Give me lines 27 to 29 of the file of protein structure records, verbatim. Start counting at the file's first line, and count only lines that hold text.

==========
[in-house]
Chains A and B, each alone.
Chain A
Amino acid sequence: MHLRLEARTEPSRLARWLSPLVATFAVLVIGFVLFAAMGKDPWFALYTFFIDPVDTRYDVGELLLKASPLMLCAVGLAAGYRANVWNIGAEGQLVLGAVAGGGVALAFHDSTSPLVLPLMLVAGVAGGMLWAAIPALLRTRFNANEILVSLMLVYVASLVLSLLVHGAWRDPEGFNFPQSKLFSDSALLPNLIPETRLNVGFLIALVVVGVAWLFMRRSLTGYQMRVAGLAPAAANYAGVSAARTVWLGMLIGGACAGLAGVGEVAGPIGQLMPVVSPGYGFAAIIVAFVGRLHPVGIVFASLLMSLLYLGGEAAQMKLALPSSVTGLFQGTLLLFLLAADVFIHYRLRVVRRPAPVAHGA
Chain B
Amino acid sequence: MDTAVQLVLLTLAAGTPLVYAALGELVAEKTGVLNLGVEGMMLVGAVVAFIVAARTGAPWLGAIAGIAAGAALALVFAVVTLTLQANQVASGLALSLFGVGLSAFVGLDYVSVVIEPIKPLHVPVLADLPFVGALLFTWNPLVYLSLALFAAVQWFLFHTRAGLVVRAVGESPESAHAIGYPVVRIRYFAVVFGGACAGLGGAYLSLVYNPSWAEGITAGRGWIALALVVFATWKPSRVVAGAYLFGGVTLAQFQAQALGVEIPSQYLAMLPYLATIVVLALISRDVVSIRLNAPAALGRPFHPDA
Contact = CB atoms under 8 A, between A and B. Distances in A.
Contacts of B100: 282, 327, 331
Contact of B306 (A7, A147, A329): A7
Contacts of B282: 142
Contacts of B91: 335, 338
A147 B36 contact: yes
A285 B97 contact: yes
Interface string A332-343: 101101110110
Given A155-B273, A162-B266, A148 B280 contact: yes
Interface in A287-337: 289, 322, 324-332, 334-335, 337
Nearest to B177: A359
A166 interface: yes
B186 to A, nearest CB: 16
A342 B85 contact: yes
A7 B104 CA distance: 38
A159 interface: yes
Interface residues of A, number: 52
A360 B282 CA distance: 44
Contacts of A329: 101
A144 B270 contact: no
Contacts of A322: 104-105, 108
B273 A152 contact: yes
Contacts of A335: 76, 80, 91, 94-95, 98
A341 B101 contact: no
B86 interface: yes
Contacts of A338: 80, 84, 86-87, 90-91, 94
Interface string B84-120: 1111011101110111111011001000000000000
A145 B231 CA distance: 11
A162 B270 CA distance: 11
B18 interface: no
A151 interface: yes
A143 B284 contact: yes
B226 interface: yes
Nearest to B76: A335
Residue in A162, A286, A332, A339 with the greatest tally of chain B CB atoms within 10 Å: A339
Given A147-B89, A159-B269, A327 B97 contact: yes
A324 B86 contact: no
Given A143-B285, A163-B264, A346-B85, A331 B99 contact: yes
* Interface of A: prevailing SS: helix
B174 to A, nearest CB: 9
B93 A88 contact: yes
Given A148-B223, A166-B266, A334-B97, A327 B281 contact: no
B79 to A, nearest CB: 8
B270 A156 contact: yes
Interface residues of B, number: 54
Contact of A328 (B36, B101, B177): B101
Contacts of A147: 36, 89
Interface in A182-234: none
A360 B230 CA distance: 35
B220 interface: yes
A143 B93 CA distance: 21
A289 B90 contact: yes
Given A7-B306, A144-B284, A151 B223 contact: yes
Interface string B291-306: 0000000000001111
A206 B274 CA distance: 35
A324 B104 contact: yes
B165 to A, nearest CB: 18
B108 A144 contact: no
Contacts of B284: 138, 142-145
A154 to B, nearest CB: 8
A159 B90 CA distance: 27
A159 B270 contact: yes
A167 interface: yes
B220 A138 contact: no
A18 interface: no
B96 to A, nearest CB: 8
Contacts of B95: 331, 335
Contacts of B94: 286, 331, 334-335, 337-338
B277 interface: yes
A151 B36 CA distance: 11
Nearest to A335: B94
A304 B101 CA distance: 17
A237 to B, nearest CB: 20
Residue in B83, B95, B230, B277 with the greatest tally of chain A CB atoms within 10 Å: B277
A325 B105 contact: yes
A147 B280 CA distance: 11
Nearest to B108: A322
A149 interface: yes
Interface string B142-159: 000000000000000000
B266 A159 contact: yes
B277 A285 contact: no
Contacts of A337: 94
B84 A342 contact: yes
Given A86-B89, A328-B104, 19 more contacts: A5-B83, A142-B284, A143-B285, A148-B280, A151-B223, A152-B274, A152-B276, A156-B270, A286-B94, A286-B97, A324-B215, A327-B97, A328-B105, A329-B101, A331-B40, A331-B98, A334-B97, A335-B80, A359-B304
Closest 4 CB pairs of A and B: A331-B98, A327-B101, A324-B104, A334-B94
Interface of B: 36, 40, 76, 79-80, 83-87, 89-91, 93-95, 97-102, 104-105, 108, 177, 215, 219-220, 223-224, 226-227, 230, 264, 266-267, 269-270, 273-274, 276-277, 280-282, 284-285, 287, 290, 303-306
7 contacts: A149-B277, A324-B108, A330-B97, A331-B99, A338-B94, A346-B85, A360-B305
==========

Contacts of A322: 104-105, 108
B273 A152 contact: yes
Contacts of A335: 76, 80, 91, 94-95, 98